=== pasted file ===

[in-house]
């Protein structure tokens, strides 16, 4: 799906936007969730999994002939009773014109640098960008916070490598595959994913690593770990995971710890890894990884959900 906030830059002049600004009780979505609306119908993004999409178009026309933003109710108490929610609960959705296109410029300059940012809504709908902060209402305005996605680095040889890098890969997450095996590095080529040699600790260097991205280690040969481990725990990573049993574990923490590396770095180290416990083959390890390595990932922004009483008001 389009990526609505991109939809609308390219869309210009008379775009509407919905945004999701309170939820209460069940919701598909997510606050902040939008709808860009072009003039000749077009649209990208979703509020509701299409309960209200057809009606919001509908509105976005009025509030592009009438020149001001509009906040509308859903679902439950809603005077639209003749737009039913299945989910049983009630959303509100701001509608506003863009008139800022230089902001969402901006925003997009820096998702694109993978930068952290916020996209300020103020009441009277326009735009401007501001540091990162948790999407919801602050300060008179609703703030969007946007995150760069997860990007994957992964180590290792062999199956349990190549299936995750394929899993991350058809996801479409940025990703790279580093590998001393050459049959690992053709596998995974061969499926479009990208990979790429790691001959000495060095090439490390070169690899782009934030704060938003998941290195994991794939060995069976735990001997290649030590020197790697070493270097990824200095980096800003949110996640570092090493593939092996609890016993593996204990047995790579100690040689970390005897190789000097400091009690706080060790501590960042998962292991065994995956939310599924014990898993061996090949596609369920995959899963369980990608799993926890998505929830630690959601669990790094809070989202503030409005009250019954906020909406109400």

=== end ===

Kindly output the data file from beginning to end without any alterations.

[in-house]
């Protein structure tokens, strides 16, 4: 799906936007969730999994002939009773014109640098960008916070490598595959994913690593770990995971710890890894990884959900 906030830059002049600004009780979505609306119908993004999409178009026309933003109710108490929610609960959705296109410029300059940012809504709908902060209402305005996605680095040889890098890969997450095996590095080529040699600790260097991205280690040969481990725990990573049993574990923490590396770095180290416990083959390890390595990932922004009483008001 389009990526609505991109939809609308390219869309210009008379775009509407919905945004999701309170939820209460069940919701598909997510606050902040939008709808860009072009003039000749077009649209990208979703509020509701299409309960209200057809009606919001509908509105976005009025509030592009009438020149001001509009906040509308859903679902439950809603005077639209003749737009039913299945989910049983009630959303509100701001509608506003863009008139800022230089902001969402901006925003997009820096998702694109993978930068952290916020996209300020103020009441009277326009735009401007501001540091990162948790999407919801602050300060008179609703703030969007946007995150760069997860990007994957992964180590290792062999199956349990190549299936995750394929899993991350058809996801479409940025990703790279580093590998001393050459049959690992053709596998995974061969499926479009990208990979790429790691001959000495060095090439490390070169690899782009934030704060938003998941290195994991794939060995069976735990001997290649030590020197790697070493270097990824200095980096800003949110996640570092090493593939092996609890016993593996204990047995790579100690040689970390005897190789000097400091009690706080060790501590960042998962292991065994995956939310599924014990898993061996090949596609369920995959899963369980990608799993926890998505929830630690959601669990790094809070989202503030409005009250019954906020909406109400």